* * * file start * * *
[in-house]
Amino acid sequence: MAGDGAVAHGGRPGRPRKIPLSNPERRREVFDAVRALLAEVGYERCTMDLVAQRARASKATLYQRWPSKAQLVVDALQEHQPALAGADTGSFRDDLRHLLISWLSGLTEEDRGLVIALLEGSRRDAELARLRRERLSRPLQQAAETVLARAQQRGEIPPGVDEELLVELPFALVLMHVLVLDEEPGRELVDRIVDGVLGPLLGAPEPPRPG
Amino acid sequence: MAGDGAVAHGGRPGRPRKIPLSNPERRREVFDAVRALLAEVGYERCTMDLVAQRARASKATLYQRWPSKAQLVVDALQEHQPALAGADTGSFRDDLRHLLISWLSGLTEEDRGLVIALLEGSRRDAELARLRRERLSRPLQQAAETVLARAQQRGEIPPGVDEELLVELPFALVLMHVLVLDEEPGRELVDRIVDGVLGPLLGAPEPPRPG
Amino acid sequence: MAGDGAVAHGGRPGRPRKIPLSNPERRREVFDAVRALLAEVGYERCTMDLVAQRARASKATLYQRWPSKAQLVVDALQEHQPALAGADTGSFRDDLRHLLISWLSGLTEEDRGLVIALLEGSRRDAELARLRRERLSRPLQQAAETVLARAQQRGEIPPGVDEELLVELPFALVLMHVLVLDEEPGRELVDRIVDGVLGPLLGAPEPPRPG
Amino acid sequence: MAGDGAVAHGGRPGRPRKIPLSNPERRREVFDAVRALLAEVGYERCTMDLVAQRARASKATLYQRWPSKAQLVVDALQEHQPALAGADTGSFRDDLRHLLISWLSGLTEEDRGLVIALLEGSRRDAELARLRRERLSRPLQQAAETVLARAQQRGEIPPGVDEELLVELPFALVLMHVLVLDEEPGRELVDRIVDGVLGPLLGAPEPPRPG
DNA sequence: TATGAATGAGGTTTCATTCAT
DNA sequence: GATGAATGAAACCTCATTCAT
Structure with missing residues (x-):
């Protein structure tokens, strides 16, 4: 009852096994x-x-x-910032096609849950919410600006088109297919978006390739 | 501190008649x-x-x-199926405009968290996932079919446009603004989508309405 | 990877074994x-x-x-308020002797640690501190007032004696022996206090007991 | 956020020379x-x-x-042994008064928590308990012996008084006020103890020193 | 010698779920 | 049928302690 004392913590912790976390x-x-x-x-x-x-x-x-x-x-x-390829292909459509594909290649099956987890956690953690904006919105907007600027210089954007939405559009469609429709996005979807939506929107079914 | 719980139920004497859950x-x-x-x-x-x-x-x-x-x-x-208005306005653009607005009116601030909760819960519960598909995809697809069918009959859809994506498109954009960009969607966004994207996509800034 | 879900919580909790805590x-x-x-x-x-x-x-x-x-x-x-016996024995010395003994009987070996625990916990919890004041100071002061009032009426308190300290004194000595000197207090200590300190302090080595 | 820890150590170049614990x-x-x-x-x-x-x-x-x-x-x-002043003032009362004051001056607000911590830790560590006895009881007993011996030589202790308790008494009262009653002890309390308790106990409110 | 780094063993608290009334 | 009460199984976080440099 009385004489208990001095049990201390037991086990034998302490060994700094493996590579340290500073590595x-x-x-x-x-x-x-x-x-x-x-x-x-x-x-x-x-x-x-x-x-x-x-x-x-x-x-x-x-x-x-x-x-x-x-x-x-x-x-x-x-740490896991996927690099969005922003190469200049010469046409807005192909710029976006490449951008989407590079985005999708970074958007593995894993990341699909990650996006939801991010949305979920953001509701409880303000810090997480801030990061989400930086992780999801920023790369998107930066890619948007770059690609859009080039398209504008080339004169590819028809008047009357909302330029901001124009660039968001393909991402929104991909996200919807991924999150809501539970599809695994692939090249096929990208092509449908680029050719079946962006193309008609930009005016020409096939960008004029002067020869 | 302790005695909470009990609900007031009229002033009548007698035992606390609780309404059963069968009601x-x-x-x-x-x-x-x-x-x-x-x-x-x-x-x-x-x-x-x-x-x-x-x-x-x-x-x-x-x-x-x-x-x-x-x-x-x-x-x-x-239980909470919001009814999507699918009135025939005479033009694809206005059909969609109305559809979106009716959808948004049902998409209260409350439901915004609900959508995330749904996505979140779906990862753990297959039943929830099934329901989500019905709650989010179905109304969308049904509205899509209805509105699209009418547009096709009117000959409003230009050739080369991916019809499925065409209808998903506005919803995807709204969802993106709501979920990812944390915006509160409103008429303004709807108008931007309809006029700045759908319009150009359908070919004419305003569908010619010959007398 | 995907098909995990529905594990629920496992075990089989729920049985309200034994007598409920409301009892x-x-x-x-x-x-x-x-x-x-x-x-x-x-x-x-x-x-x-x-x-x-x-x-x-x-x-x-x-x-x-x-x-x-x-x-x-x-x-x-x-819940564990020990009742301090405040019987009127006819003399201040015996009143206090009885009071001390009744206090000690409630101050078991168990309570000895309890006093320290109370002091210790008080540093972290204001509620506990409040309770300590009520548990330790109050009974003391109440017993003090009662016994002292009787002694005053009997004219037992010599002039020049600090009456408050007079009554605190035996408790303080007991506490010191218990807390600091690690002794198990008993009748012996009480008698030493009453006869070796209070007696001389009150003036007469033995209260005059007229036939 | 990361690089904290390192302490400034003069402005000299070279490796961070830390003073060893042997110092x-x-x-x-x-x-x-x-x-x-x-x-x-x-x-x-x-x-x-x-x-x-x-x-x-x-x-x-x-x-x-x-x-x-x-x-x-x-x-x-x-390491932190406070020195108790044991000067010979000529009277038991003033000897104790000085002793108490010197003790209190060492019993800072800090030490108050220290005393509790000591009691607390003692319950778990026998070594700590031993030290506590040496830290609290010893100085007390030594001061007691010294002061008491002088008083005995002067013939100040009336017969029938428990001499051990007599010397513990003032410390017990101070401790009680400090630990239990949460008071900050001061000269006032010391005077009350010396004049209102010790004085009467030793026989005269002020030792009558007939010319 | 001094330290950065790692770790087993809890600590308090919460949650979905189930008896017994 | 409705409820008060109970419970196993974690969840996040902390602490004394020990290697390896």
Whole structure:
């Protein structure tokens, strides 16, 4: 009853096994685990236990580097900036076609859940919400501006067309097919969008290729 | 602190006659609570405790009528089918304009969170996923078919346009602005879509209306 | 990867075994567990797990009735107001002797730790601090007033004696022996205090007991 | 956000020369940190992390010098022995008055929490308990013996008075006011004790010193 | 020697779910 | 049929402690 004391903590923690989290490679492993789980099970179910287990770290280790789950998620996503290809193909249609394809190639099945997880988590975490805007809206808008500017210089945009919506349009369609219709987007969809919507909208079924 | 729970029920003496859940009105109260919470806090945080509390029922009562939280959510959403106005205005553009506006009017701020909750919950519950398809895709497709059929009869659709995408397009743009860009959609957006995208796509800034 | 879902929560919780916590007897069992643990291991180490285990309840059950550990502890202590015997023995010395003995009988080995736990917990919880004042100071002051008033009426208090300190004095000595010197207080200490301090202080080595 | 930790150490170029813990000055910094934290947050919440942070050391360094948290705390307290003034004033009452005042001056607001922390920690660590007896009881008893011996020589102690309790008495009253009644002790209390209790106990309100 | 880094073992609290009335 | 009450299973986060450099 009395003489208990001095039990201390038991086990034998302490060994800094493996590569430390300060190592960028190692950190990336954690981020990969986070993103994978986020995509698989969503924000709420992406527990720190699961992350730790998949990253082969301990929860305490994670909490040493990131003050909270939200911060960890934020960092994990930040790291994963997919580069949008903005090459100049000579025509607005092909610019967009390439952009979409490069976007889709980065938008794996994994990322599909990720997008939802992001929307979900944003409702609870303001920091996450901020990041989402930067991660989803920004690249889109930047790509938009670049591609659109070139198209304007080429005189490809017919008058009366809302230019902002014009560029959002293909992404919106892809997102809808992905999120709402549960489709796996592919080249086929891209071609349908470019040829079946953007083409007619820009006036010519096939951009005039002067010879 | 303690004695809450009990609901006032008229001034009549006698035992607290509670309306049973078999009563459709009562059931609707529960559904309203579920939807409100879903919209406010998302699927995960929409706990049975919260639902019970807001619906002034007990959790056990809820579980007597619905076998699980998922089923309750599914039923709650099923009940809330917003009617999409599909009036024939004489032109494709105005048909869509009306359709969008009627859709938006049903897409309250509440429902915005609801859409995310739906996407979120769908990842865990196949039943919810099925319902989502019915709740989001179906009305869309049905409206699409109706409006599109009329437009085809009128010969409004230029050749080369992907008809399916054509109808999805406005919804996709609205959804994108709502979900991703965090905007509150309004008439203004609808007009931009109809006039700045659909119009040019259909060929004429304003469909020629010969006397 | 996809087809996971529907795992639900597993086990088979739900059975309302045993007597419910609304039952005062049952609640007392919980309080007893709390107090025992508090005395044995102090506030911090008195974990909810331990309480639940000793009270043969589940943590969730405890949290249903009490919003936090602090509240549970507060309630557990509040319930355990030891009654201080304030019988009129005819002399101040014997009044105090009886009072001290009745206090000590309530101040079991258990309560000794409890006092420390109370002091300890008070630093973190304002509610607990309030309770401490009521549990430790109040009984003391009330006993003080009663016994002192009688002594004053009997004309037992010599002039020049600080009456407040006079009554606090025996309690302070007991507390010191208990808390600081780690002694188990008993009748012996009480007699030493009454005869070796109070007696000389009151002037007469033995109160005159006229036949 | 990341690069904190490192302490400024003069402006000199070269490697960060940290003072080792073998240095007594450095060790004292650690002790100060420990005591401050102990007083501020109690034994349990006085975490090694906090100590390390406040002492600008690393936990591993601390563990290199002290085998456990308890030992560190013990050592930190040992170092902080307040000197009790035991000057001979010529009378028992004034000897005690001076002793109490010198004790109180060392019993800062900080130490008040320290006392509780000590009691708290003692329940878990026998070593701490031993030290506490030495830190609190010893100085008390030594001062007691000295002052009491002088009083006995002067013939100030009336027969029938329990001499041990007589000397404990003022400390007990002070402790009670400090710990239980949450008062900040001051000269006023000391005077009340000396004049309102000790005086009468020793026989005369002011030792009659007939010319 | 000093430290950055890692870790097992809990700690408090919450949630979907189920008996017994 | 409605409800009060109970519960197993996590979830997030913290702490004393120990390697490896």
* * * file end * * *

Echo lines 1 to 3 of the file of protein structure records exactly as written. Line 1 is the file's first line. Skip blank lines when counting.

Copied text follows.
[in-house]
Amino acid sequence: MAGDGAVAHGGRPGRPRKIPLSNPERRREVFDAVRALLAEVGYERCTMDLVAQRARASKATLYQRWPSKAQLVVDALQEHQPALAGADTGSFRDDLRHLLISWLSGLTEEDRGLVIALLEGSRRDAELARLRRERLSRPLQQAAETVLARAQQRGEIPPGVDEELLVELPFALVLMHVLVLDEEPGRELVDRIVDGVLGPLLGAPEPPRPG
Amino acid sequence: MAGDGAVAHGGRPGRPRKIPLSNPERRREVFDAVRALLAEVGYERCTMDLVAQRARASKATLYQRWPSKAQLVVDALQEHQPALAGADTGSFRDDLRHLLISWLSGLTEEDRGLVIALLEGSRRDAELARLRRERLSRPLQQAAETVLARAQQRGEIPPGVDEELLVELPFALVLMHVLVLDEEPGRELVDRIVDGVLGPLLGAPEPPRPG